A driver's right to counsel is contingent on his or her "physical ability to consult with counsel and the reasonably timely exercise of this ability." State, Dep't of Pub. Safety v. Wiehle, 287 N.W.2d 416, 419 (Minn. 1979). That right is not violated if the driver's need for medical treatment makes it impossible for the driver to consult with an attorney within a reasonable time before deciding whether to submit to chemical testing. Groe, 615 N.W.2d at 842. The evanescent nature of alcohol also bears on the amount of time reasonably accorded to a driver to consult with an attorney. Kuhn v. Comm'r of Pub. Safety, 488 N.W.2d 838, 840 (Minn.App. 1992), review denied (Minn. Oct. 20, 1992). If counsel cannot be contacted within a reasonable time, or if consultation would unreasonably delay the administration of the test, the driver may be required to make a decision regarding testing in the absence of counsel. Id.
The district court determined that Wessing's right to counsel was not violated because her medical condition and passage of most of the two-hour time frame for testing made it impossible for her to consult with an attorney before chemical testing. Wessing argues that the record does not support the district court's finding that her medical condition made it impossible for her to consult with an attorney. We disagree.
Trooper Willert testified that paramedics constantly attended to Wessing at the crash scene, then airlifted her to the hospital for emergency medical care. When Trooper Willert saw Wessing at the hospital, she was lying on a CT board with her eyes swollen shut, intravenous tubes attached to her, and an oxygen mask on her face. Wessing gave only very brief responses to his questions and did not shake or nod her head, attempt to remove her oxygen mask, or move in any other way. Trooper Willert could not determine whether Wessing understood him, and he had difficulty understanding her responses through the oxygen mask. In light of all of these circumstances, Trooper Willert believed it would be impossible for Wessing to effectively use a phone to consult with an attorney, even if a phone and phone book could be located. And when he informed Wessing of this belief, she did not disagree or respond in any way. While the state did not offer expert testimony about Wessing's medical condition, we upheld a district court's impossibility finding based on markedly similar evidence in Groe. See 615 N.W.2d at 842 (affirming impossibility finding based on responding officer's testimony as to severity of driver's injuries and extent of medical attention). We conclude that Trooper Willert's observations amply support the district court's finding that Wessing's medical condition made it impossible for her to consult with an attorney.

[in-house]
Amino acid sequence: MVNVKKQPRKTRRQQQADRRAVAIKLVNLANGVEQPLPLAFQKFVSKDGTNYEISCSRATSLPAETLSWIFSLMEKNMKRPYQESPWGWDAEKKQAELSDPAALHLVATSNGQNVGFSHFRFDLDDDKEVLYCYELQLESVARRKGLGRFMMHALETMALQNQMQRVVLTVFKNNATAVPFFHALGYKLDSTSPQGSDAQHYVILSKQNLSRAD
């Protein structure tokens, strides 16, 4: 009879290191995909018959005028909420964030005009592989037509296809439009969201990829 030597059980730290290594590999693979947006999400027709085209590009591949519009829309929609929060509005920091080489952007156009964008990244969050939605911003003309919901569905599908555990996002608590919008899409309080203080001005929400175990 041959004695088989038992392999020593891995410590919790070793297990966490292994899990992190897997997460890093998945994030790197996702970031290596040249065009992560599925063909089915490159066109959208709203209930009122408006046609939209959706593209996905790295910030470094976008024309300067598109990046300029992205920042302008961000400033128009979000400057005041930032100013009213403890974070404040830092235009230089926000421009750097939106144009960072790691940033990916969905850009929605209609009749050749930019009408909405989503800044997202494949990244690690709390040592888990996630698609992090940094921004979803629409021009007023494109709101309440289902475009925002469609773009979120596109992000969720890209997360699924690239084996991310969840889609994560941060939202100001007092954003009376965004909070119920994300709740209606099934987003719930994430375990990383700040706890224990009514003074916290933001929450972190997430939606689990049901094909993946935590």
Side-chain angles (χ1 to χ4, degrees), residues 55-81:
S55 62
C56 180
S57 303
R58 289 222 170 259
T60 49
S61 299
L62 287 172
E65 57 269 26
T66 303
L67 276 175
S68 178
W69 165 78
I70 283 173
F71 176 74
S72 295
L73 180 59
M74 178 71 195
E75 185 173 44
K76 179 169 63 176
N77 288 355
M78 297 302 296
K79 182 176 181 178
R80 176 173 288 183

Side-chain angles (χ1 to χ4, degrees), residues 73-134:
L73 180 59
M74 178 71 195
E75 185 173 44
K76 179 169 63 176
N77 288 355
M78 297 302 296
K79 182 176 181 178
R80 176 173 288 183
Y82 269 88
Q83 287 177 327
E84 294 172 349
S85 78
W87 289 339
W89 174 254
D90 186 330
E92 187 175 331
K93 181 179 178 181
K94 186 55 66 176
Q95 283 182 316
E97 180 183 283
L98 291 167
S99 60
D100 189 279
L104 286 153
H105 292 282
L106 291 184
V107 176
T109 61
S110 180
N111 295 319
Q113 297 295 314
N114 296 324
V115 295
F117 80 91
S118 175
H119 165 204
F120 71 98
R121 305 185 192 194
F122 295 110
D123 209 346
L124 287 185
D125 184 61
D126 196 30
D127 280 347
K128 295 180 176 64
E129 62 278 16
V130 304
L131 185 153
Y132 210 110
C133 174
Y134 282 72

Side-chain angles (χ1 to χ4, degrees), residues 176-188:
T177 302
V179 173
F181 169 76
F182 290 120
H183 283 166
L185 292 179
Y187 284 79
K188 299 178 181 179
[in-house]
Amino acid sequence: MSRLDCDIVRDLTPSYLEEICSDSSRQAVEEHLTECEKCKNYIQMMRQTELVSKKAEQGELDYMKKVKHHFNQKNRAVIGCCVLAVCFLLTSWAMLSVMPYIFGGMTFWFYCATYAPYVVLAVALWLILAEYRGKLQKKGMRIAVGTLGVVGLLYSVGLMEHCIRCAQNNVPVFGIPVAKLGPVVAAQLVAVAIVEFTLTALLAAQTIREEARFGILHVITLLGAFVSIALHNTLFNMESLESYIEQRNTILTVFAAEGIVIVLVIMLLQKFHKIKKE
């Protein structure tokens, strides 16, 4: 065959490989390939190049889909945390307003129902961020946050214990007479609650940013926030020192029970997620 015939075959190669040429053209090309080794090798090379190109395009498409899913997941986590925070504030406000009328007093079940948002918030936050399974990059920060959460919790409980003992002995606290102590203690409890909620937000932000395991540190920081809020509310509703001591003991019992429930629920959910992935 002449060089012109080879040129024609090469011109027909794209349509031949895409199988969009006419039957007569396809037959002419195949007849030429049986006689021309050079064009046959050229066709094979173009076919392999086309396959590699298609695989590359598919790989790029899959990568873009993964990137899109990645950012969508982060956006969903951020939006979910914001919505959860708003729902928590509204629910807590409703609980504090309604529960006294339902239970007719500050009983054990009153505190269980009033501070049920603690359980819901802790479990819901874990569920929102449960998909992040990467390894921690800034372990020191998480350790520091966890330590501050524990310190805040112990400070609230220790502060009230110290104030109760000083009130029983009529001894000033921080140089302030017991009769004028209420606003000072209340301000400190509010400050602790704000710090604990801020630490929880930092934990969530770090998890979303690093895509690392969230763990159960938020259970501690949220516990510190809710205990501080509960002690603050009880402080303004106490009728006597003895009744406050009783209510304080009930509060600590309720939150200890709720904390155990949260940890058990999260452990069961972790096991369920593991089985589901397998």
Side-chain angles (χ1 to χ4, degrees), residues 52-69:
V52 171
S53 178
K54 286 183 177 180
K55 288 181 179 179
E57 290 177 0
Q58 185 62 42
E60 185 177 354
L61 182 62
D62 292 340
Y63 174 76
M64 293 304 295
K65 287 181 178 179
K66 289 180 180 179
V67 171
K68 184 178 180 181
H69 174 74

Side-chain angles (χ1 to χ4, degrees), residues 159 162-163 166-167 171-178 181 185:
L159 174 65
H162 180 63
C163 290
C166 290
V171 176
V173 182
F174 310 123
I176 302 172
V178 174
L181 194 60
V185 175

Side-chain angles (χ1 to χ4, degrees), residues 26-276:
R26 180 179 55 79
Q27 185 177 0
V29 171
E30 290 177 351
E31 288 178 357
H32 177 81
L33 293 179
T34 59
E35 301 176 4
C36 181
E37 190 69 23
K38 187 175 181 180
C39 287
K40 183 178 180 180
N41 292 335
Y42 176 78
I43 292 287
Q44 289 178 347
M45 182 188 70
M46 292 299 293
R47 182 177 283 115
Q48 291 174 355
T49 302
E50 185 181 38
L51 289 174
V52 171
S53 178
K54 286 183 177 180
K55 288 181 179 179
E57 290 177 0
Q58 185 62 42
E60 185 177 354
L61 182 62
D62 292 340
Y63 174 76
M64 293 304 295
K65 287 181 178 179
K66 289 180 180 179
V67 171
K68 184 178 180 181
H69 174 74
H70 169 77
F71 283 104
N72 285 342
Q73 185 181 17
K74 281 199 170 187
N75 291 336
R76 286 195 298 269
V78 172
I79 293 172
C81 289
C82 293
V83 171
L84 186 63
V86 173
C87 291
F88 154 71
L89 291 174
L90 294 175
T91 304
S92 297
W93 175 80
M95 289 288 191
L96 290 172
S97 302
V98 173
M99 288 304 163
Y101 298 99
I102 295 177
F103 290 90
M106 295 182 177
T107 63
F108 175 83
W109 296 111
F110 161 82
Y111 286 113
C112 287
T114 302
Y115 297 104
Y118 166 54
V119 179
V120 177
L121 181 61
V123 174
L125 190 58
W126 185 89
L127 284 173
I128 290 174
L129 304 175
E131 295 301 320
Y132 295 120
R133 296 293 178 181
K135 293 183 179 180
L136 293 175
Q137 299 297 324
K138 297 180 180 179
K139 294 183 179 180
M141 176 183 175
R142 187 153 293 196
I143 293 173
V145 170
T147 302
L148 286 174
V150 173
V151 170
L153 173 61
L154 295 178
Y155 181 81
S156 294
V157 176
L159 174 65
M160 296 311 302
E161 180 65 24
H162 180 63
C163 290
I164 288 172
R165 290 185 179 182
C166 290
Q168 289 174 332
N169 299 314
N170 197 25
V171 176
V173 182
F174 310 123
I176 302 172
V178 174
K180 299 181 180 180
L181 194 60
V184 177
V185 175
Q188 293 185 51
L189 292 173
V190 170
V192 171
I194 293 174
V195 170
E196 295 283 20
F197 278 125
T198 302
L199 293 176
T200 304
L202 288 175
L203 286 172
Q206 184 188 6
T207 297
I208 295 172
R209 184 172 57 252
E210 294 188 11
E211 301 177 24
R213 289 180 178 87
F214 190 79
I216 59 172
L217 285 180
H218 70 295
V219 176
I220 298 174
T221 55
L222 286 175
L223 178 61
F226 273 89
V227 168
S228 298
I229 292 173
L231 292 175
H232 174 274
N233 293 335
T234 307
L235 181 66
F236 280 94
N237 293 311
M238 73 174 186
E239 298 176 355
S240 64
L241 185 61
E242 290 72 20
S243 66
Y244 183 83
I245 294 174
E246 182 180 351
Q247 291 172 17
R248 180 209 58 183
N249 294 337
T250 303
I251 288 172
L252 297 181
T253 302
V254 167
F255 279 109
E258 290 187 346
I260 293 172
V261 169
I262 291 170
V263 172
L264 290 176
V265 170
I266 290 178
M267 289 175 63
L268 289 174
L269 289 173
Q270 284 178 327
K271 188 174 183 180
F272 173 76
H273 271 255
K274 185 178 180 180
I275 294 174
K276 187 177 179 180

Moreover, the record amply supports, and Wessing does not directly challenge, the district court's finding that the passage of time affected Wessing's ability to consult an attorney. Approximately one and one-half hours had elapsed since Wessing's crash when Trooper Willert read her the implied-consent advisory. A DWI conviction based on alcohol concentration requires proof of alcohol concentration "at the time, or as measured within two hours of the time, of driving." Minn. Stat. § 169A.20, subd. 1(5) (2010). This timing requirement left less than one-half hour to effectuate Wessing's request for an attorney. The district court did not clearly err by finding that it was impossible for Wessing to contact and consult with an attorney and provide a testable sample within the two-hour time frame, particularly in light of Wessing's condition and the fact that neither a phone nor phone book was in the vicinity. On this record, we discern no error in the district court's denial of Wessing's suppression motion.